Risk/Reward for Gold and Silver is Getting More Attractive, But …

On May 5, I received the following e-mail:

“Hi Simon, With all this volatility, why don’t you want to initiate any trades? For example a low risk trade as shorting XLU and QQQ? Gold, Silver, Platinum, Natural Gas, Oil look to me as a great long candidates. I don’t understand why you are staying on sidelines at the best time you can trade.”

Here is my reply:

“True, purely based on technicals, there are trades out there, but we lack confirmation of our other indicators to confirm such a trade. I have learned that no trade is better than a bad trade, and that a bad trade is more likely when data is conflicting. We didn’t short QQQ, because of the open chart gap. Feel free to go long gold or silver, and we’ll revisit how that trade is going in a few weeks (please see recent PRRs for more details on why we are not buying silver and gold at these prices). Seasonality for XLU is pretty strong the next several weeks, so shorting it is not ideal.

I’m itching to recommend a trade … once the risk profile improves. Hope this helps a bit. Best, Simon”

I haven’t yet sent an e-mail to revisit the gold and silver trade (I don’t like to rub things in, so I won’t), but lets take a moment to revisit gold and silver.

The April 20 Profit Radar Report looked at technicals, gold sentiment and gold seasonality and concluded the following:

Gold Update

Out of the three driving forces we monitor for gold (technicals, sentiment, seasonality), technicals look the most bullish. Sentiment says risk is elevated. Immediate up side potential is limited based on seasonality.

Important chart support is around 1,200 and 1,160 – 1,130. We are looking to buy gold at a price tag of 1,200 or below. We will reassess our buy limit once (and if) we get closer to 1,200.”

Barron’s rates the iSPYETF as a “trader with a good track record.” Click here for Barron’s assessment of the Profit Radar Report.

The same analysis along with long-term gold and silver charts and sentiment data were also published here on May 5: Gold and Silver Bulls Risk Painful Whipsaw

On Monday, gold fell as low as 1,202, which makes buying much more attractive than it was near 1,300. It now becomes an exercise of patience and fine-tuning to peg the right buy limit.

We may see another up/down sequence before a more ideal low (see chart for potential support levels). The biggest knock against buying right now remains gold sentiment.


The April 13 Profit Radar Report stated that: “A move above 16.40 could result in a move towards 17.8.”

Silver peaked at 18.075, and the April 24 Profit Radar Report warned that: “Seasonality and sentiment suggest danger ahead. We eventually would like to own silver, but the risk/reward ratio doesn’t become attractive until price drops towards 16 and below.”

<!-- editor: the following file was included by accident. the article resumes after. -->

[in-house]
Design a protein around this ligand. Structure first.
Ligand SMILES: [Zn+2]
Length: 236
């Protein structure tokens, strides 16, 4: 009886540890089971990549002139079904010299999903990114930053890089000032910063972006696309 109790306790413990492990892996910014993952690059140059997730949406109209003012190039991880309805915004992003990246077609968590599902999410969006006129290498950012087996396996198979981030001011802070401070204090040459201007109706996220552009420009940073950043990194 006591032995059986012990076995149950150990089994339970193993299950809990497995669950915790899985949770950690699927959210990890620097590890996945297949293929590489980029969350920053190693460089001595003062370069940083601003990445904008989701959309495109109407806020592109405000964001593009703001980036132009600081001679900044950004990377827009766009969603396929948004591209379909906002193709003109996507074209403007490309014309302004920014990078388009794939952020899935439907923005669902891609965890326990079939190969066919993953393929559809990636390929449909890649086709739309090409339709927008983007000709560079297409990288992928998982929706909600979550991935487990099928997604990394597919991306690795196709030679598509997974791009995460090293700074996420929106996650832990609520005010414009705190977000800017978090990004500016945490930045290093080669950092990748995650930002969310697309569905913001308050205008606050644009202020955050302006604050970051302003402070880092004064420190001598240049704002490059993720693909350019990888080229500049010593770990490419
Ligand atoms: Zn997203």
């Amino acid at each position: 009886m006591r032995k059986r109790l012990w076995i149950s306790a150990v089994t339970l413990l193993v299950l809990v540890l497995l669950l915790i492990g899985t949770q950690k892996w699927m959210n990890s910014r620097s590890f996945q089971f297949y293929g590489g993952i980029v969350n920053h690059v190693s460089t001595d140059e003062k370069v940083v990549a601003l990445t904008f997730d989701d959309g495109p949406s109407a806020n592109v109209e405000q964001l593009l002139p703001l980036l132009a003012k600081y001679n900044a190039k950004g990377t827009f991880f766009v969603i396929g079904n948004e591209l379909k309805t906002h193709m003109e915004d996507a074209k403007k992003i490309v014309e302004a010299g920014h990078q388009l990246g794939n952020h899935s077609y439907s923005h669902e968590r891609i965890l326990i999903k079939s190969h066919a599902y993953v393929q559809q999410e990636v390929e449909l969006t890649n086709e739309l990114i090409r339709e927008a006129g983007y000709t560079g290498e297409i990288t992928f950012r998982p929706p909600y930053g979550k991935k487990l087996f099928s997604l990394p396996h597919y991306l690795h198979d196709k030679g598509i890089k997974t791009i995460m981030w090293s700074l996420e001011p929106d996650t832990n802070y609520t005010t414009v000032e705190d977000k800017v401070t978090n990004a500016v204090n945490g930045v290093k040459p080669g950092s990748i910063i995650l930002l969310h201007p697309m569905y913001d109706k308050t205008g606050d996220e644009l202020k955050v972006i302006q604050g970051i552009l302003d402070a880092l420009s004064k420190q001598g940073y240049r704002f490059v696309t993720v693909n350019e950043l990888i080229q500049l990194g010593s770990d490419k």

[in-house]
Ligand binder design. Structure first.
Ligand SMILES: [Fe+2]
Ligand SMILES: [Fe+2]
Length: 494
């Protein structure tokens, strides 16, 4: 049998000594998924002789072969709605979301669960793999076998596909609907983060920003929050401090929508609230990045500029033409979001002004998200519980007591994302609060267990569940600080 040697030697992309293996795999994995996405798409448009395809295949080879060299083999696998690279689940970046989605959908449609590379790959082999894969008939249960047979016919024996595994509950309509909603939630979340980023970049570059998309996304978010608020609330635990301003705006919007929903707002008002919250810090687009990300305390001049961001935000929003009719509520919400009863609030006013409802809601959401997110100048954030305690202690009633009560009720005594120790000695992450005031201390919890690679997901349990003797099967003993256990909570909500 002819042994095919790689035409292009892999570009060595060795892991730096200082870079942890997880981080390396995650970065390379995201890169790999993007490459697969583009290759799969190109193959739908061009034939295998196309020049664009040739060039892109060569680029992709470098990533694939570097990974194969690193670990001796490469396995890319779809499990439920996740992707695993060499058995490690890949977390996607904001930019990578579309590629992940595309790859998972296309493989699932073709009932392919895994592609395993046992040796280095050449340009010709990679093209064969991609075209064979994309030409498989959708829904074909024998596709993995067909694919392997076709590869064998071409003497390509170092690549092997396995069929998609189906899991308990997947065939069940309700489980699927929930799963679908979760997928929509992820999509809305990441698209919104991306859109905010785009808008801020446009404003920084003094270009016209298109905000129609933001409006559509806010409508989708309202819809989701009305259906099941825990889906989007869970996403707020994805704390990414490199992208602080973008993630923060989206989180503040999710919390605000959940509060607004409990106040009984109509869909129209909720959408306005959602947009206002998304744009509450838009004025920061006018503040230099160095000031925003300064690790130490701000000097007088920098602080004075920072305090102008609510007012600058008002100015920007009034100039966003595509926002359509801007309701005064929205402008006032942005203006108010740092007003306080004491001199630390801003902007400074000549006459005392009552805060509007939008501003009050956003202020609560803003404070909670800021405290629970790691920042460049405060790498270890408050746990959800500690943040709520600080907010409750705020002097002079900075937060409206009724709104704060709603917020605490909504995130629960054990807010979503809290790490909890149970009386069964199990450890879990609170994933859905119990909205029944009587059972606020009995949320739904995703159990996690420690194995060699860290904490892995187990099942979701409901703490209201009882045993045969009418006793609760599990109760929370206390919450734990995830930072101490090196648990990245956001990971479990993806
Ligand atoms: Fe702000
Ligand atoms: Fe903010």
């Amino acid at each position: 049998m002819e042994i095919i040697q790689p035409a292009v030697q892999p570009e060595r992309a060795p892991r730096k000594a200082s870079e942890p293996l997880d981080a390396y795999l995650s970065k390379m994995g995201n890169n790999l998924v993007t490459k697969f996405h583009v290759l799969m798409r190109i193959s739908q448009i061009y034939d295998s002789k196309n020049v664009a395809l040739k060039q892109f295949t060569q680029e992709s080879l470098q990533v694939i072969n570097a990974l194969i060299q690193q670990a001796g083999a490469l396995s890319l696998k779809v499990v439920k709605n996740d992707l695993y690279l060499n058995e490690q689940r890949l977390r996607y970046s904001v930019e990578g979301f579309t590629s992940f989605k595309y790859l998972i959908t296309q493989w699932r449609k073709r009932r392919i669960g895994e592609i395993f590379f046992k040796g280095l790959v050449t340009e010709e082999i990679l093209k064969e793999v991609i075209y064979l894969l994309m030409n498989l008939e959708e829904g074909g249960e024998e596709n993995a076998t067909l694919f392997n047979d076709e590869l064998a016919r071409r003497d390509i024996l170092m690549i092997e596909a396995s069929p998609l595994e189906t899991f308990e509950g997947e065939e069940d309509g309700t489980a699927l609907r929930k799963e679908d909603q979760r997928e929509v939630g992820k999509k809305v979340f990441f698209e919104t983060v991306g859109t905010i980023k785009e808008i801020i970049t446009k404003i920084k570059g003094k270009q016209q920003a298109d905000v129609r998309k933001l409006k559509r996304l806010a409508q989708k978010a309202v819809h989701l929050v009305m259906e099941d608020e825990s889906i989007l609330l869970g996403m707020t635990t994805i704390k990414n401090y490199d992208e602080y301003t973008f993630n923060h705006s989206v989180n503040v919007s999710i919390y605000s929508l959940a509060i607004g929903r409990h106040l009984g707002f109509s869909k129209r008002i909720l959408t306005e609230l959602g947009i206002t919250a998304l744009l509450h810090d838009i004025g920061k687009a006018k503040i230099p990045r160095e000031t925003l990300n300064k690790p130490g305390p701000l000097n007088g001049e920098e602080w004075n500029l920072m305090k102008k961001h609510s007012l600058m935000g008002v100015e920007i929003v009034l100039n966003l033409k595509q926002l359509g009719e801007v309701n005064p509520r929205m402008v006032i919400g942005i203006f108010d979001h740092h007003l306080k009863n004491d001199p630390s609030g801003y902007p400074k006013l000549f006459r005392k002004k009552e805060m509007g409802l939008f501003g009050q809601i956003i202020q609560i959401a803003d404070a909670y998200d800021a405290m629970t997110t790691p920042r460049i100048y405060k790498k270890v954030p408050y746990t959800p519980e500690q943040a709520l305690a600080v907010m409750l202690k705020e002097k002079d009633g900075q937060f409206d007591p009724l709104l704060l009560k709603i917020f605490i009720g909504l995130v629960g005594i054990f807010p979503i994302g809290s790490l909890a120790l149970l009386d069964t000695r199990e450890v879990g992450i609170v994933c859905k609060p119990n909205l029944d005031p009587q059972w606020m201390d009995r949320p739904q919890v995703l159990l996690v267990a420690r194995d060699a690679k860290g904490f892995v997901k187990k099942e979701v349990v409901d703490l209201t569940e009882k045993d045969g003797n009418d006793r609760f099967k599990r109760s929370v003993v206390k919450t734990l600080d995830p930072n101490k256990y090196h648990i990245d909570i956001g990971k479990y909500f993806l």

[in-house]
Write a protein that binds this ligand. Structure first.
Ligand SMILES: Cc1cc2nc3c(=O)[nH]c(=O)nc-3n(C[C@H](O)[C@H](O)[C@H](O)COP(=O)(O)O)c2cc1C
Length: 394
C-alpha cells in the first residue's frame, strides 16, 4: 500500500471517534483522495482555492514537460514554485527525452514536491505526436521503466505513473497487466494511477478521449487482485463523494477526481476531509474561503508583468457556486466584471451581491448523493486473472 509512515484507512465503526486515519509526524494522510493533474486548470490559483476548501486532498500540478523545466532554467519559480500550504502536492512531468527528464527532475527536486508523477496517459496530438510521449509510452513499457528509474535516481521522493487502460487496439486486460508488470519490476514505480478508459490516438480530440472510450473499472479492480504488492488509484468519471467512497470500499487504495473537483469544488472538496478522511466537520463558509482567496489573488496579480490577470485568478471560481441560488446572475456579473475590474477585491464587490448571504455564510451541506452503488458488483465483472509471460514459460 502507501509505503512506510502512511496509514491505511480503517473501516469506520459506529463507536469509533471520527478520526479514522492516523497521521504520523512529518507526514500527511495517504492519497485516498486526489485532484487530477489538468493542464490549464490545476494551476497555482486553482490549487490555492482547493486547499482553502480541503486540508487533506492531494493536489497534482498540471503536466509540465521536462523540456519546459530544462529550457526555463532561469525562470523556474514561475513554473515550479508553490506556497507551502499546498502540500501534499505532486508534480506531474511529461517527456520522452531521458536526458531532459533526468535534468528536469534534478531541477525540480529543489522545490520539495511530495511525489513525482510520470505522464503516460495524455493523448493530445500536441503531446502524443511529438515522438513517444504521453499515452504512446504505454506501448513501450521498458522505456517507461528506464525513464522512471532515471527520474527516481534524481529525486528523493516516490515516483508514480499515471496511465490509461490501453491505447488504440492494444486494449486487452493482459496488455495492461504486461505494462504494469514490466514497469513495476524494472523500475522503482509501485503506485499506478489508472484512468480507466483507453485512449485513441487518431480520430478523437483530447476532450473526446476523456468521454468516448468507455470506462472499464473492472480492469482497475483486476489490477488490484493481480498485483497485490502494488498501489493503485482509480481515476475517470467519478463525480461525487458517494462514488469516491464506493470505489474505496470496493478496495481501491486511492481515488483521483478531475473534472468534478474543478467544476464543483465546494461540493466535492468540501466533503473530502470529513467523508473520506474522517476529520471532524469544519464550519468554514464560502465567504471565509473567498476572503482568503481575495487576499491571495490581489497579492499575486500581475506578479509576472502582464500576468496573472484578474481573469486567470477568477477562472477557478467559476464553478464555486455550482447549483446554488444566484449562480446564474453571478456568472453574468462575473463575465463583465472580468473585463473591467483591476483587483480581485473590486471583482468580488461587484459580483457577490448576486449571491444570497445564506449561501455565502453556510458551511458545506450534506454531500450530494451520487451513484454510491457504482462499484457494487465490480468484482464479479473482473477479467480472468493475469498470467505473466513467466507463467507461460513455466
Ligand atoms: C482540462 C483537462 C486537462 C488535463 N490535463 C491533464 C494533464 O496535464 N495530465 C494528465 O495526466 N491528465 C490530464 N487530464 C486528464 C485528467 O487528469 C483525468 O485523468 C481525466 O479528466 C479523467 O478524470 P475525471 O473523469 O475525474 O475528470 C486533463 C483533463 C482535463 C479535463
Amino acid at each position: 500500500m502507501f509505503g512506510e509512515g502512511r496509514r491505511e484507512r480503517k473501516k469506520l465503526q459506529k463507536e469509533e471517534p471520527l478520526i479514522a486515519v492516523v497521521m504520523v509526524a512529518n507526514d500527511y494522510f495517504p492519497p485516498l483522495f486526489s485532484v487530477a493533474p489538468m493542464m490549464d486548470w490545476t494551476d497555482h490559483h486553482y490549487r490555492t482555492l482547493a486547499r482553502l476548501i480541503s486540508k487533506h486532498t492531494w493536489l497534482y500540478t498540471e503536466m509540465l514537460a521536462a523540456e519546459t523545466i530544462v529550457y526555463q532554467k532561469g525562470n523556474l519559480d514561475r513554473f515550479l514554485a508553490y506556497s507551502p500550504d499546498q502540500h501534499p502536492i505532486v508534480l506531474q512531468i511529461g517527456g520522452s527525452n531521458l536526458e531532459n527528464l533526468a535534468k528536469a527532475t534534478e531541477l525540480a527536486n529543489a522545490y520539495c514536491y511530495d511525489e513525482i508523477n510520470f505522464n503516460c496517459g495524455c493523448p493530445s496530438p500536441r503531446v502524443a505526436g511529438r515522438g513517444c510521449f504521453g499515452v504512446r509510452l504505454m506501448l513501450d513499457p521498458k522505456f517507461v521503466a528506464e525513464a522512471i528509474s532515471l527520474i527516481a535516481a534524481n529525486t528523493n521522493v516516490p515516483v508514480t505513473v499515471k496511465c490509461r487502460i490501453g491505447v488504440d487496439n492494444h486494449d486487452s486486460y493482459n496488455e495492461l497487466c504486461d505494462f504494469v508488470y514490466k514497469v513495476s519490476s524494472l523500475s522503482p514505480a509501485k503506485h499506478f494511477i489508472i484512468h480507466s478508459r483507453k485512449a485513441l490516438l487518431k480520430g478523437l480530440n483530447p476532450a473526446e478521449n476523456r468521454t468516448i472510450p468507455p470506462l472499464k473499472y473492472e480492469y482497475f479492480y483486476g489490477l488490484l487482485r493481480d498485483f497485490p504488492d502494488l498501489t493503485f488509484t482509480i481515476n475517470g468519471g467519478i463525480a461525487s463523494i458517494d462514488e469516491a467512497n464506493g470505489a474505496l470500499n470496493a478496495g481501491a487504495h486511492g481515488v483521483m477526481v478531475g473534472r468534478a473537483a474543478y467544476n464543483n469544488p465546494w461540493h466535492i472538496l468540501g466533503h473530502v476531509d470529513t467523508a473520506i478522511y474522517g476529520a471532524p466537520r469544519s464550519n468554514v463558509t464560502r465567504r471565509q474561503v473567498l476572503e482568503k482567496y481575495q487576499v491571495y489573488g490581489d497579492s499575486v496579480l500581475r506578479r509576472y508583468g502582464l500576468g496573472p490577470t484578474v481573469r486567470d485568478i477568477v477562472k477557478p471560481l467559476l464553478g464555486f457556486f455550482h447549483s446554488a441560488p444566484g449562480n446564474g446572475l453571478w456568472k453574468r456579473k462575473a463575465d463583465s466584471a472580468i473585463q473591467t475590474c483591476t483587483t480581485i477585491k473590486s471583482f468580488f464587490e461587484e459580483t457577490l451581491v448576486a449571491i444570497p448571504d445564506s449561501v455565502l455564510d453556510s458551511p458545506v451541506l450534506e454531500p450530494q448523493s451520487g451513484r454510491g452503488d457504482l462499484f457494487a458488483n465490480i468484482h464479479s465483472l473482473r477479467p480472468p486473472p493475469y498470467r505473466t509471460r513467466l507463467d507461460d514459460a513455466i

Silver fell as low as 15.84 and retraced 50% of the prior gains. There are some oversold readings and silver may bounce, but more bullish sentiment will likely have to be worked off before a more lasting low is reached (see chart for potential support levels).

The corresponding ETF charts for gold and silver – SPDR Gold Shares (NYSEArca: GLD) and iShares Silver Trust (NYSEArca: SLV) – paint the same picture.

Continued gold and silver analysis is available via the Profit Radar Report.

Simon Maierhofer is the founder of iSPYETF and the publisher of the Profit Radar Report. Barron’s rated iSPYETF as a “trader with a good track record” (click here for Barron’s profile of the Profit Radar Report). The Profit Radar Report presents complex market analysis (S&P 500, Dow Jones, gold, silver, euro and bonds) in an easy format. Technical analysis, sentiment indicators, seasonal patterns and common sense are all wrapped up into two or more easy-to-read weekly updates. All Profit Radar Report recommendations resulted in a 59.51% net gain in 2013, 17.59% in 2014, and 24.52% in 2015.

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ETF SPY: iShares Silver Trust (SLV) – Where is Support?

From peak to trough and in a little more than two years, silver has lost 63% of its value. The iShares Silver ETF (SLV) would be an easy avenue for investors to capitalize on a possible powerful counter trend bounce. But where is the kind of support that will serve as a springboard?

The iShares Silver Trust (SLV) is trading lower today than 5 ½ years ago and has lost 63% since its 2011 bubble high. How low can it go?

Some may still be licking their wounds from trying to catch the latest ‘falling knife,’ but it’s always an interesting challenge to see how much farther prices may go.

The chart below shows that silver prices stopped at an interesting trend line intersection today.

Double trend line support like this is known to temporarily halt declines, buoy prices and even lead to sizeable rallies.

More serious support however lies beneath Thursday’s low. The 78.6% Fibonacci retracement of the points gained from the October 2008 low to the April 2011 high is at 16.99.

General support created by a sideways basing pattern (green stripe) in 2010 is also right around 17. Normally the 17 range should be considered strong support and possible spring board for a spirited rally.

However, keep in mind we are talking about the silver ETF, not silver prices. SLV, the silver ETF, is within striking distance of its 78.6% Fibonacci Retracement support. Actual silver prices are still about 8% above its respective 78.6% Fibonacci retracement.

Which one – silver ETF or actual silver prices – will be right? Only time will tell. I base my technical analysis on actual silver prices, because it’s a truer representation of the broad market.

Regardless of your preference, one of the outlined support levels is likely to serve as a springboard for a powerful relief rally.